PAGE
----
Inspiring Your Kids To Read
by Rick Nau
As a writer of children’s literature I have a vested interest in encouraging kids to read. The more I can do to steer them to the world of books, the better. That’s a difficult task these days, given the competition that comes from movies, video games, social media, texting and what all.
This isn’t to say that anything’s really changed. When I was a kid I wasn’t interested in reading. It seemed that every book I encountered was dull and boring. Dogs were running about and children were combing their hair, but neither the dogs nor the children were going anywhere.
Then we moved to an island in the tropics, thousands of miles from the nearest continent. Our house had no air conditioning, so everything electrical was a feast for the wet, salty air. After a month the television expired in a shower of sparks. A while later the record player went haywire. All that was left with speakers in it was a small battery-powered radio that only worked late at night, when it was able to pick up a Japanese station 2000 miles away.
And so I turned to books. At night, when I was supposed to be sleeping, I’d leave the closet door ajar (the closet had a burning lightbulb near the floor to dry out the air and keep the mold off my shoes), turn on a fan to drive off the mosquitos, and enter new worlds, magical worlds, romantic worlds far away from a tiny little island lost in the tropics . . . .
Which brings me back to the topic–how to inspire your kids to read? First off, you’ve got to get the magic yourself. You’ve got to pop open a few books, read them from cover to cover (aloha Pinterest, au revoir Facebook, auf Wiedersehen Twitter, hasta la vista Instagram–for a while, anyway), and let your imagination be swept away like it was when you were a kid. (In my case I’m rereading The Chronicles Of Narnia. Right now I'm up to The Silver Chair and having a blast.) Once you’ve regained that sense of excitement, that urge to venture into the boundless realm of the imagination, you’re ready to inspire your kids.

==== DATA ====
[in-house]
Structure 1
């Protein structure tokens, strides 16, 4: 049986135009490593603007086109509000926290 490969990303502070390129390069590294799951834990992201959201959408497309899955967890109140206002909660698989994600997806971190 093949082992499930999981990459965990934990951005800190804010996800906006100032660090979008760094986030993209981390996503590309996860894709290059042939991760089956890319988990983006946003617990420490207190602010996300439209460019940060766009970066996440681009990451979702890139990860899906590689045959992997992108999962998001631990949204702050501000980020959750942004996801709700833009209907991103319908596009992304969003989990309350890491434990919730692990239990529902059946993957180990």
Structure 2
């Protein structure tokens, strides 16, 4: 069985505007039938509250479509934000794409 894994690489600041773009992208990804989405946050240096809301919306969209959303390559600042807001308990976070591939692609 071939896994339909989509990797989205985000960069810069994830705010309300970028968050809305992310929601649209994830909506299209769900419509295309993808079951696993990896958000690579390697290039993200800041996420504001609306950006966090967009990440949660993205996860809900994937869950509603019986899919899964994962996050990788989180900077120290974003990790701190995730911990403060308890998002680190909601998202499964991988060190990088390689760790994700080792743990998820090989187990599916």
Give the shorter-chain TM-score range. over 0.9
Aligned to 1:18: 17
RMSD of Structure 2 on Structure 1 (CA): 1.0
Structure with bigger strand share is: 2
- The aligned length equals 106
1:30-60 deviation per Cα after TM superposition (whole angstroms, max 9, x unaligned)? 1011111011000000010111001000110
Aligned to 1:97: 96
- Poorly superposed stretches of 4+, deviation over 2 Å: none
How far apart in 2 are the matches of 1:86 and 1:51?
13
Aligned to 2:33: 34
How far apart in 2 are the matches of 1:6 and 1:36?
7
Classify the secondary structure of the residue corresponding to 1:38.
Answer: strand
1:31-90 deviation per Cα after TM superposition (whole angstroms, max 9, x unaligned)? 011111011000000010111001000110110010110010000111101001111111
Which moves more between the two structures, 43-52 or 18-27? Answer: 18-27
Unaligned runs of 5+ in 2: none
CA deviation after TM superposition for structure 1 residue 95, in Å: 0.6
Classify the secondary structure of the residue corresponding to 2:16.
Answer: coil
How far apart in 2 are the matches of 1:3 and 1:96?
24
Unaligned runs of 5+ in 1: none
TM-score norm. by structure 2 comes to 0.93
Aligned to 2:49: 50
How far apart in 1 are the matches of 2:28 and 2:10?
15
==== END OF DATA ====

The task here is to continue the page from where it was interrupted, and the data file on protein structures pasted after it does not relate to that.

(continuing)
Now it’s time to find something you can all read together, something that will grab your kids’ attention. It may be a story about a ballerina or a baseball player or someone who can walk on air while wearing special stilts. It may be a book about cats or bugs or lonely kids without any friends. It may be overflowing with difficult words or simple words or no words at all (avoid this one, unless you want to make up the story yourself). It may be filled with pictures, or there may be no pictures at all. Whatever it may be, work with your kids until you find just the right book.
On to the last part, the magical part. Make reading together a fun event, like going to the movies or celebrating a special occasion. Whip up some popcorn or hot chocolate or lemonade, find a nice place in the house or on the porch or in the yard, and read the book aloud together. Take your time, enjoy it, just for the sake ofbeing with your kids. Be patient. If they massacre some of the words (which they will), help them to say and understand them. If they can’t visualize what the writer is saying, help bring the words to life for them. Whatever you do, make it fun, something they will look forward to the next time. Remember, what they want more than any book in the world is being with you. And later, once they have left the nest, once they are curled up with a good book, they will think of those happy times with you.